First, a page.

Successfully aligning Pre-K and early elementary school will take hard work and the cooperation of educators and policymakers at all levels, said NSBA Executive Director Anne L. Bryant.

“There must be a culture of shared responsibility among all partners (local, state, and federal as well as parents to support a comprehensive continuum of learning from pre-K to grade 3,” Bryant said. “We are asking the federal government to become a true partner with states and local communities to ensure that students receive a high quality start to learning.”

Lawrence Hardy|December 7th, 2011|Categories: Center for Public Education, Curriculum, Educational Research, Governance, National Standards, Preschool Education, School Board News, Student Achievement, Student Engagement|Tags: , , , , |

The week in blogs

Depending on your point of view — and your experiences with high-stakes testing — No Child Left Behind was either a critical first step toward school accountability, a good idea with some major flaws, or a colossal flop. (And there’s probably a myriad views in between.) Will the Common Core State Standards Initiative be any better? As you might expect, the views expressed by a number of experts on the National Journal’s education blog are all well-reasoned — and all over the map. Nobody said this was going to be easy.

Alberta has one of the best school systems in the world, writes the provocatively-named blog Dangerously Irrelevant, and it doesn’t look too kindly on what’s happening to its south. Thanks to This Week in Education for pointing out this eye-opening critique of why Canada seems to be getting things right in school reform – and much of the U.S. is getting it wrong.

Another must-read is the review of a new Department of Education report on school inequity from Raegen Miller of the Center for American Progress.  Then, on the same site, see Robert Pianta’s proposals for improving teacher development.

Finally, a non-education story, strictly speaking, but one that says a lot about what it takes to be an effective leader – including a leader in a school district. Yes, it’s a sports column (by the Washington Post’s Sally Jenkins) and yes it deals with recent coaching changes on two of Washington’s pro teams, which, most of you I would imagine do not care a whole lot about. ( I live here, and even I don’t care that much.) But — trust me here — Jenkins’ message about the kind of leaders people follow goes beyond mere games.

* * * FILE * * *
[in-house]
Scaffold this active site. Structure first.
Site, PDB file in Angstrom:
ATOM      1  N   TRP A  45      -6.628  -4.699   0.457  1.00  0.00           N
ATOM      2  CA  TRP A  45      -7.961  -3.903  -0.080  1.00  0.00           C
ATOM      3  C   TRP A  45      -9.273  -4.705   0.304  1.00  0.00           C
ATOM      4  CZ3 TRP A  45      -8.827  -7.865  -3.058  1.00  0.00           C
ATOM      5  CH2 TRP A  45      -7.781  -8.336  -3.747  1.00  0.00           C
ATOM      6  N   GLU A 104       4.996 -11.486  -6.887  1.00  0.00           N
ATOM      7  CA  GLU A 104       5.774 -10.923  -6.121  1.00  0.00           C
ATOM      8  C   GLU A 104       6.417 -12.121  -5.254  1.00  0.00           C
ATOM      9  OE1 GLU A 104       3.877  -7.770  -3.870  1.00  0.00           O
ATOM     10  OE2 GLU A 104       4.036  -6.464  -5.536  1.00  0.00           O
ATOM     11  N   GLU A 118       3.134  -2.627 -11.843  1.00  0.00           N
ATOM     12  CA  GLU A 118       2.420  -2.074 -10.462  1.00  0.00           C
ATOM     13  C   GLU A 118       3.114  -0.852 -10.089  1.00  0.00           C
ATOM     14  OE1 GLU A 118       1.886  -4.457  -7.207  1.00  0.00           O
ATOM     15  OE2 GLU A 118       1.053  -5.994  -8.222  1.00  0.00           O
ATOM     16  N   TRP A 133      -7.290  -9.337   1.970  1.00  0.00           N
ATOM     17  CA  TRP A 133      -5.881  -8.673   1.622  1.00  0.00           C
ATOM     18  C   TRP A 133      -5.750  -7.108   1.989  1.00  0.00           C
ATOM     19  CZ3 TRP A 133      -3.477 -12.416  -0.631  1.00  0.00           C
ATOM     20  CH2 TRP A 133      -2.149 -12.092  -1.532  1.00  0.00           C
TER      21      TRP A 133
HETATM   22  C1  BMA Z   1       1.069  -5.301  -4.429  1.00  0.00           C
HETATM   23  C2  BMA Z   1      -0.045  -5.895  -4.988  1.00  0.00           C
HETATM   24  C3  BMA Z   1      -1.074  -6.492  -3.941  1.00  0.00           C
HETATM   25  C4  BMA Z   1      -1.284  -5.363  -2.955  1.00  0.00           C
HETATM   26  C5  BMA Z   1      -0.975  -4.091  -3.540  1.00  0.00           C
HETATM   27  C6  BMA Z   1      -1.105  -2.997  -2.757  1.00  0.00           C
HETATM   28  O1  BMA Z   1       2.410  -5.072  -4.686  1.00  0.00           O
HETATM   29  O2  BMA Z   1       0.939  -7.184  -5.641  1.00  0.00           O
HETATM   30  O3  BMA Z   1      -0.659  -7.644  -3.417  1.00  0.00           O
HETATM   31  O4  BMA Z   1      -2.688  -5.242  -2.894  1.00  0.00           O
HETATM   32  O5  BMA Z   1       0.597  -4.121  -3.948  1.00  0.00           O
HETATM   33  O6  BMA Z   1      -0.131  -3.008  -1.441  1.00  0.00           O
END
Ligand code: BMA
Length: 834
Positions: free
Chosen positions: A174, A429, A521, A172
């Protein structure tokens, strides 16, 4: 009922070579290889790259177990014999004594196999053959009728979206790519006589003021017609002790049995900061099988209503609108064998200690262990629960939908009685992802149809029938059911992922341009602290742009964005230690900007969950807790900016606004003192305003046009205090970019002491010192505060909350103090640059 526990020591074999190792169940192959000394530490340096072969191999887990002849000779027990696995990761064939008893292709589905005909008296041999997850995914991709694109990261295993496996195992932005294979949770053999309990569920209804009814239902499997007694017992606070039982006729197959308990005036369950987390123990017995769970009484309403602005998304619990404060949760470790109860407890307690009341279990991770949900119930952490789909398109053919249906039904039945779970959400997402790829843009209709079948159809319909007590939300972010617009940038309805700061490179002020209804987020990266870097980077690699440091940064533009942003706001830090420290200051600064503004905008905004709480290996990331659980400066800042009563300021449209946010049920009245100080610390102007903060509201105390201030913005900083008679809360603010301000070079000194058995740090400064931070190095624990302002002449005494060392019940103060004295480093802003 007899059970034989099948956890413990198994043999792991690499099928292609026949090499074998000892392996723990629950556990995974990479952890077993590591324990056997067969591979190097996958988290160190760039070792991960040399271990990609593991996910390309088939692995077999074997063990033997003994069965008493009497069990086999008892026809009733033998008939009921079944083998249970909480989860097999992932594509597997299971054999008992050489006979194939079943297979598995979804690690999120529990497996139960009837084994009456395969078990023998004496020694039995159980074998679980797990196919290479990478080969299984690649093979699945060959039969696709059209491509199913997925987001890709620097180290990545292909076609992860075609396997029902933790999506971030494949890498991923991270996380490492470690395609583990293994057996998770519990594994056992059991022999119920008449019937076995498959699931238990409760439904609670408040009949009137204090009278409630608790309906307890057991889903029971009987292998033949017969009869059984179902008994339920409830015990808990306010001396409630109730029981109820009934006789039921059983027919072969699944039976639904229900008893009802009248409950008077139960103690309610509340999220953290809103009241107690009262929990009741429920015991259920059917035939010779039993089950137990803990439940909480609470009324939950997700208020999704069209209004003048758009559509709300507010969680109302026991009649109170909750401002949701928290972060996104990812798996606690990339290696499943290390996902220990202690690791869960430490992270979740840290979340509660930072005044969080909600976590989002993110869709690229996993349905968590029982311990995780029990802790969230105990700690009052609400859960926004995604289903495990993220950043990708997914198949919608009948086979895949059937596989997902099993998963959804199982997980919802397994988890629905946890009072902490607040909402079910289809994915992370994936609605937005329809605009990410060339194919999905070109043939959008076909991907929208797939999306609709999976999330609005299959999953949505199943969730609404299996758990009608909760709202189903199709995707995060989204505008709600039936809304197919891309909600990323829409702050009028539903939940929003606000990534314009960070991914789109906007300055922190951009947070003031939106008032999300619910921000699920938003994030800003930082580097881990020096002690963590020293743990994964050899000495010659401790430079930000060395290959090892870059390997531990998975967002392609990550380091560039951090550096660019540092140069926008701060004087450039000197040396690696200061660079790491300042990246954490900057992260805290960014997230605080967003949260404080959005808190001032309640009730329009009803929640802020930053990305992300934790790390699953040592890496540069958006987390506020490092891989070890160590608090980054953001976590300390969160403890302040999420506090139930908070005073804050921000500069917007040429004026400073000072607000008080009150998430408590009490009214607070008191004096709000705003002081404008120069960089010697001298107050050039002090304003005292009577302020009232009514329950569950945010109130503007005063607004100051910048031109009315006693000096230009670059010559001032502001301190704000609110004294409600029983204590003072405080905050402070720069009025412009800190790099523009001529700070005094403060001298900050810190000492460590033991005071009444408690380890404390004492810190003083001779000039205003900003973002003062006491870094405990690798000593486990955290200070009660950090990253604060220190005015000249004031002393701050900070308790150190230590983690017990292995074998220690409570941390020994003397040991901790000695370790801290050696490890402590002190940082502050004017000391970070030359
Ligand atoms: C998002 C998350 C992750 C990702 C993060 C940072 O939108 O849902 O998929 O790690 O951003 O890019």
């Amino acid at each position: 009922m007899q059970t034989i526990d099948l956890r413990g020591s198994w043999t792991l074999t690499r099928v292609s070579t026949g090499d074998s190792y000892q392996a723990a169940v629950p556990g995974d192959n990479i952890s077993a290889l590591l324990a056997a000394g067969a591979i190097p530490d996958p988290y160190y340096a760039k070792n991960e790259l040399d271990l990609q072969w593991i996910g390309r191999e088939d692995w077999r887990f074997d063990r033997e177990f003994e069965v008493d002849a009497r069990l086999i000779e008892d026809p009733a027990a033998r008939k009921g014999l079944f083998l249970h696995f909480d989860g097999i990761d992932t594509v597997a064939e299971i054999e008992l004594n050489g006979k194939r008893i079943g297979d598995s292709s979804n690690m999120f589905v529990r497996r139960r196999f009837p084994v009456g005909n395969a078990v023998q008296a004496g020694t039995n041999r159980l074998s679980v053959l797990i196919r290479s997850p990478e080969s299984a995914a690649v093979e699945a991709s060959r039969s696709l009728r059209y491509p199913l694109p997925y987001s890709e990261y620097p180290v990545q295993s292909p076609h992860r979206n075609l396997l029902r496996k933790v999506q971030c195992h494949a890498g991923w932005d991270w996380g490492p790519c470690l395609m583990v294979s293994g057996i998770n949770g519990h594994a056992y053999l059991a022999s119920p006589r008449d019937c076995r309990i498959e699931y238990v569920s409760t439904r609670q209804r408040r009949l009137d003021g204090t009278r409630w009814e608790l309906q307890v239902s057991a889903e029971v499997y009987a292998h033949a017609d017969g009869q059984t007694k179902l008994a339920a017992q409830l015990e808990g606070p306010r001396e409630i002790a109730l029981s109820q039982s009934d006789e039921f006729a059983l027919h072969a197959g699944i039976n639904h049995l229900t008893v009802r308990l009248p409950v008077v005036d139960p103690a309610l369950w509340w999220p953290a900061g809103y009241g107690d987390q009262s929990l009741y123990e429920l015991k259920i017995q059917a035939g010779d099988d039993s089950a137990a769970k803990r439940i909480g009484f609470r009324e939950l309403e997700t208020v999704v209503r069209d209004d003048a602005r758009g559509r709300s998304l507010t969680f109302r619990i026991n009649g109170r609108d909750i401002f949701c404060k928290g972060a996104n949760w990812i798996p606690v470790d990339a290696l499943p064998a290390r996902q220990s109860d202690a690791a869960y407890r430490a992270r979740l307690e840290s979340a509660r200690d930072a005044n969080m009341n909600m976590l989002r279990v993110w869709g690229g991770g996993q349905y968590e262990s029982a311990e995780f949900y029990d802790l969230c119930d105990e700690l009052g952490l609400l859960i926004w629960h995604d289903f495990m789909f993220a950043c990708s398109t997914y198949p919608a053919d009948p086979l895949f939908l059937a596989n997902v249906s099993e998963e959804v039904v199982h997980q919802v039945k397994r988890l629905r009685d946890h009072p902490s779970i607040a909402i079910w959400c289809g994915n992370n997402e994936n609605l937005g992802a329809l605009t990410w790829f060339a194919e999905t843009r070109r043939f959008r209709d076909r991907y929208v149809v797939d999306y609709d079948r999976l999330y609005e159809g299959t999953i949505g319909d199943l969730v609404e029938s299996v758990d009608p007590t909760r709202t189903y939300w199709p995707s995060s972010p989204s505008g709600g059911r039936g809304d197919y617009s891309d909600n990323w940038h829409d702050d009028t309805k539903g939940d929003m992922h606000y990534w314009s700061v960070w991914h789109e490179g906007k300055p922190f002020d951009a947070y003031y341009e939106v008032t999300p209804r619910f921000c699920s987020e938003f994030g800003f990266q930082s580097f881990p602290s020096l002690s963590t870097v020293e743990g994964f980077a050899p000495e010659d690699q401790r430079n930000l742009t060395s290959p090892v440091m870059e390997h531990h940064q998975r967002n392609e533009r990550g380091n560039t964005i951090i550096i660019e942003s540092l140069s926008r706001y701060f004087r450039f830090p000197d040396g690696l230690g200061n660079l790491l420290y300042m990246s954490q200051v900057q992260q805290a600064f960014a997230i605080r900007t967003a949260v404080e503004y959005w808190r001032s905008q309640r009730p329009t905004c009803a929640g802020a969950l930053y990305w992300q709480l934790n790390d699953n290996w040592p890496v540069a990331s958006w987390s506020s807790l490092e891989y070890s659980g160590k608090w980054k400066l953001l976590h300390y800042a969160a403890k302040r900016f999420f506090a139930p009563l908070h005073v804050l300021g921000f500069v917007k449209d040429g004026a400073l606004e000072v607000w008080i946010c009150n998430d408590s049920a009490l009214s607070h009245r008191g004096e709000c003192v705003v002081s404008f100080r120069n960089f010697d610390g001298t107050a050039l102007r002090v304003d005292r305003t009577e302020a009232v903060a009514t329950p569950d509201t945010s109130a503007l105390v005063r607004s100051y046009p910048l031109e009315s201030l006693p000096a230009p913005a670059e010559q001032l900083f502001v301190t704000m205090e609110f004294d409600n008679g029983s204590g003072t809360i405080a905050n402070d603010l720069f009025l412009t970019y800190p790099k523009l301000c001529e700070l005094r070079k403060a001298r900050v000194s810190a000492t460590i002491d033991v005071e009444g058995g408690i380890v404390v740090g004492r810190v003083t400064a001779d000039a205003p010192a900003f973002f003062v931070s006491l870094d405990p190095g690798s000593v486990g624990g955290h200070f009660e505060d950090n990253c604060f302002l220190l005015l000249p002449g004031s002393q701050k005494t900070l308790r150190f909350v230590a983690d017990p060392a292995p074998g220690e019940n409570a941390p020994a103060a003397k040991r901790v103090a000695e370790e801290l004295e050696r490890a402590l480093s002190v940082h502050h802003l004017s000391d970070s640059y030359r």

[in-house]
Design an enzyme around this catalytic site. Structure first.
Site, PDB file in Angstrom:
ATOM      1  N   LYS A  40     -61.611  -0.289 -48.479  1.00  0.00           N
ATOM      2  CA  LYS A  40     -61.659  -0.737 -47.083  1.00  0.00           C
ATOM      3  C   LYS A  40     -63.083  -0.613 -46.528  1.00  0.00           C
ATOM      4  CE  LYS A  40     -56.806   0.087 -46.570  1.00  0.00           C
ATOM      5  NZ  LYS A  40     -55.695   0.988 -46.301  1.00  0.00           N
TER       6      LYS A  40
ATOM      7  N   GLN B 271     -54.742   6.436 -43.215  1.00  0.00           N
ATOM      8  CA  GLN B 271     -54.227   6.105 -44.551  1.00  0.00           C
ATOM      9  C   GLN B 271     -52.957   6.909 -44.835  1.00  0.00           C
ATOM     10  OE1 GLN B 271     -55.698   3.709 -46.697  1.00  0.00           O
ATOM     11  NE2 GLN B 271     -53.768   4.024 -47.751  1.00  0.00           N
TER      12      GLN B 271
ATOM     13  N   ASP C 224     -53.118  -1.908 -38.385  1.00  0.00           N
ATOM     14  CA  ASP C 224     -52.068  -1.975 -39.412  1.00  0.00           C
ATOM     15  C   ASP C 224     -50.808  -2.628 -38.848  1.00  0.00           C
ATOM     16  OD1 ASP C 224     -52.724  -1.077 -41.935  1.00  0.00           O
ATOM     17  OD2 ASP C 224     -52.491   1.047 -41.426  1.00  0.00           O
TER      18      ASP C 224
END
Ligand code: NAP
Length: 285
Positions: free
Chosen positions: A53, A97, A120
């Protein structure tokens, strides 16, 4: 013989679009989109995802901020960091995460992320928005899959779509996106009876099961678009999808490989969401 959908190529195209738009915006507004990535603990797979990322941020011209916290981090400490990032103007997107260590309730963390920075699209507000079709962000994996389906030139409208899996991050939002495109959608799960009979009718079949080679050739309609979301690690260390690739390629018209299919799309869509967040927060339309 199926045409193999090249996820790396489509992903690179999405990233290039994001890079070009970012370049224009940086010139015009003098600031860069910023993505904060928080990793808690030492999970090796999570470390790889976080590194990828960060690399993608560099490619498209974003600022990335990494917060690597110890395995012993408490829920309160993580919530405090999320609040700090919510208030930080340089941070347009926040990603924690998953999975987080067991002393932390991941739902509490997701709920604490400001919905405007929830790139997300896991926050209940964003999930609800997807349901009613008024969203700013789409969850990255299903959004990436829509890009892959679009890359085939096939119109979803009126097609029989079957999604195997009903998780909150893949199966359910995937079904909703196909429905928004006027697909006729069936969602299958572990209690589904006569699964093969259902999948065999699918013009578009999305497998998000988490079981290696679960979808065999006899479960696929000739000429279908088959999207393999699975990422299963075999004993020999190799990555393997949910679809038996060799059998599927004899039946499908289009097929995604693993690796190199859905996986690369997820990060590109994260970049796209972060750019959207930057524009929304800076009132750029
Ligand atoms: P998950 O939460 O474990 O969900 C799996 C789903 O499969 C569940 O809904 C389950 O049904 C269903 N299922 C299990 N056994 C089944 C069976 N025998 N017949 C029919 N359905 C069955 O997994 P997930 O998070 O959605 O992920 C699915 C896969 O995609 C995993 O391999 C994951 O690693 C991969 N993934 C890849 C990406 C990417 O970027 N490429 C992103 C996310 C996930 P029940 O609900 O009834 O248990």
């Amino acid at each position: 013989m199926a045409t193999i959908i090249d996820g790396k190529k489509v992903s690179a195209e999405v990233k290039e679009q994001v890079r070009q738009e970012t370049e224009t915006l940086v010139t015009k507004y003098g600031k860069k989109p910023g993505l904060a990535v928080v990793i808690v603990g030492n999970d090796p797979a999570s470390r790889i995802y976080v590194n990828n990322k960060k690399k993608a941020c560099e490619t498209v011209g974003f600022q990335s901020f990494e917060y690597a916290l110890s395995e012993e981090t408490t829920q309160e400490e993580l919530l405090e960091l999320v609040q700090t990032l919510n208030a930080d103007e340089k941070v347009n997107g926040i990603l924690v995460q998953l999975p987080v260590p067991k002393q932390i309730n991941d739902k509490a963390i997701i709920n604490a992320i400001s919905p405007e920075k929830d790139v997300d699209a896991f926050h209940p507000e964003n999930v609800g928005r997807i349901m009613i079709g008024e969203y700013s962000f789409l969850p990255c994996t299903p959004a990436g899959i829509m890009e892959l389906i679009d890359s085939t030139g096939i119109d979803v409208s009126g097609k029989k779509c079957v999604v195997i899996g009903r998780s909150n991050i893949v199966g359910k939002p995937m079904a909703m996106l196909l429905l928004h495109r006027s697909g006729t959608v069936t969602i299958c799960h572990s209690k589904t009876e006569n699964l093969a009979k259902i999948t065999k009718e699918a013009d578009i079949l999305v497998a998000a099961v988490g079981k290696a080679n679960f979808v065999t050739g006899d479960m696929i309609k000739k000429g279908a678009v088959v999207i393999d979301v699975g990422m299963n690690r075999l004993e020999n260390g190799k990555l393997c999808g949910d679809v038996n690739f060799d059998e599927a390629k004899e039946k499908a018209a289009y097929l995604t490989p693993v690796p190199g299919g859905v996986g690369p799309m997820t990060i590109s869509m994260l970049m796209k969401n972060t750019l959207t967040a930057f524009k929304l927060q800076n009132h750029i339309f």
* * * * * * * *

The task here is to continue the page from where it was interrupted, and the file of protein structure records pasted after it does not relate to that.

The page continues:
Lawrence Hardy|December 2nd, 2011|Categories: Board governance, Educational Legislation, Educational Research, Elementary and Secondary Education Act, Governance, Leadership, National Standards, Professional Development, School Reform, Student Achievement, Teachers, Uncategorized|Tags: , , , , |

NSBA commends the educational contributions of “It’s Academic”

The National School Boards Association (NSBA) recently recognized the high school quiz show in Washington, “It’s Academic,”  for its educational value. Earlier this month it was announced that after hosting the quiz show for 50 years, Mac McGarry, 85, has decided to retire.

The Guinness Book of World Records has recognized “It’s Academic” as the longest-running television quiz show in the world and the winner of eight Emmy Awards. Here is the letter NSBA recently sent on the education value of “It’s Academic” and the retirement of McGarry :

The National School Boards Association (NSBA) commends Mac McGarry for challenging young minds as the host of the television quiz show “It’s Academic” for the past 50 years. Under McGarry’s insightful guidance numerous high school students have showcased their considerable scholastic skills every Saturday morning on WRC-TV in Washington, D.C.

NSBA is, and continues to be, a proud champion of “It’s Academic” because it gives students a platform to prove to their peers that being intelligent is a valuable asset. Cheered on by their parents, classmates, cheerleaders, and sometimes members of the school band, the quiz show always has remained true to its vision of asking students to meet and surpass their own educational expectations.

As the host of the nation’s longest-running television quiz show, McGarry has undoubtedly shaped the minds of countless students. As we acknowledge McGarry’s retirement this month, we also would like to congratulate Hillary Howard as she takes over as the host of “It’s Academic.”

We sincerely look forward to the future of “It’s Academic.”

With gratitude,
Anne L. Bryant
Executive Director
National School Boards Association

Alexis Rice|November 16th, 2011|Categories: Student Achievement, Student Engagement, Teachers|Tags: , , , , , |

NSBA’ s president discusses school climate on Education Talk Radio

Mary Broderick, president of the National School Boards Association (NSBA), recently appeared on Education Talk Radio and discussed school climate and NSBA’s Students on Board initiative. Broderick talked about how school boards are addressing  and finding solutions to improve school climate.

Listen to internet radio with EduTalk on Blog Talk Radio

In August, Broderick discussed school climate on Comcast Newsmakers, check out the video.

Alexis Rice|November 8th, 2011|Categories: Arts Education, Bullying, Center for Public Education, Diversity, Dropout Prevention, NSBA Opinions and Analysis, School Boards, Student Achievement, Student Engagement, Teachers|Tags: , , |

Half-day pre-k + half-day kindergarten = big reading gains by third grade

Full-day kindergarten and half-day preschool both lead to significant academic gains — the research consistently bears this out. Put together, these programs offer students the best chance to achieve at high levels.